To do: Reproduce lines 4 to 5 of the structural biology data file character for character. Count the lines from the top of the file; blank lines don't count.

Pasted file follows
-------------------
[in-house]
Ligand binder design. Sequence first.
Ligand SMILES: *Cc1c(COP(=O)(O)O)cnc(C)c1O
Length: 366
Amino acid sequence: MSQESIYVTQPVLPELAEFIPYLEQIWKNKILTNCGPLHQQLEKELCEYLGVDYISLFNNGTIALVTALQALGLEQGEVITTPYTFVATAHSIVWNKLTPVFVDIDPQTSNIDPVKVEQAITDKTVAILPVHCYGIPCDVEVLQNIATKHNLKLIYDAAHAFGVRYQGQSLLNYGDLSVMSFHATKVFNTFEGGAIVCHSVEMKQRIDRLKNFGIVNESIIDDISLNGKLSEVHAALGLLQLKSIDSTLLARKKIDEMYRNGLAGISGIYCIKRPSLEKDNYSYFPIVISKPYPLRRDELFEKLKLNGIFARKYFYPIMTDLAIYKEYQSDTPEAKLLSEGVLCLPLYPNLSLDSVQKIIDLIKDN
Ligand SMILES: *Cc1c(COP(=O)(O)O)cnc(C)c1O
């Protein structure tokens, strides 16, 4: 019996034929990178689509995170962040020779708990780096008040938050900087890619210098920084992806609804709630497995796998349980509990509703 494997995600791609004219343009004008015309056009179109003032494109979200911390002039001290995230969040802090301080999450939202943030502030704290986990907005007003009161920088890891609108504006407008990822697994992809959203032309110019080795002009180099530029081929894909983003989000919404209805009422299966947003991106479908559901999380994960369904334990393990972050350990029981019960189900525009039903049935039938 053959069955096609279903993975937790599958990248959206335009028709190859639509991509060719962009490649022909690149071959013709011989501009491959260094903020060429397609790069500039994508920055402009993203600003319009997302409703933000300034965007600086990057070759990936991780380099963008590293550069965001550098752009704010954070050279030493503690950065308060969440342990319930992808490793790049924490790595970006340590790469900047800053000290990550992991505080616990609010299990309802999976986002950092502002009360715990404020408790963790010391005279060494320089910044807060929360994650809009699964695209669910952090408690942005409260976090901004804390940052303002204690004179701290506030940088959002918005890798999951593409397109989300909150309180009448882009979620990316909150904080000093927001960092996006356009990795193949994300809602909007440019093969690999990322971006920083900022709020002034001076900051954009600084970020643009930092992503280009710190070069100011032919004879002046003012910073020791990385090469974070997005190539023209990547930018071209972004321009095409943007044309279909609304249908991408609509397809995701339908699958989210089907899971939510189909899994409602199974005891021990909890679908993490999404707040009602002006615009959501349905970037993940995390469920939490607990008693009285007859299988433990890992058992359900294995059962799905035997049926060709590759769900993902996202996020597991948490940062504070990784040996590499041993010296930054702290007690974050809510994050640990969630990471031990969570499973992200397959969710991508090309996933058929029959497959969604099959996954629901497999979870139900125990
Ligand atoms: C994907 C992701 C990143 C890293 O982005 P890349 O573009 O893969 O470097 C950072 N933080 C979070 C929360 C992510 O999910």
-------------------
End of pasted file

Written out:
Length: 366
Amino acid sequence: MSQESIYVTQPVLPELAEFIPYLEQIWKNKILTNCGPLHQQLEKELCEYLGVDYISLFNNGTIALVTALQALGLEQGEVITTPYTFVATAHSIVWNKLTPVFVDIDPQTSNIDPVKVEQAITDKTVAILPVHCYGIPCDVEVLQNIATKHNLKLIYDAAHAFGVRYQGQSLLNYGDLSVMSFHATKVFNTFEGGAIVCHSVEMKQRIDRLKNFGIVNESIIDDISLNGKLSEVHAALGLLQLKSIDSTLLARKKIDEMYRNGLAGISGIYCIKRPSLEKDNYSYFPIVISKPYPLRRDELFEKLKLNGIFARKYFYPIMTDLAIYKEYQSDTPEAKLLSEGVLCLPLYPNLSLDSVQKIIDLIKDN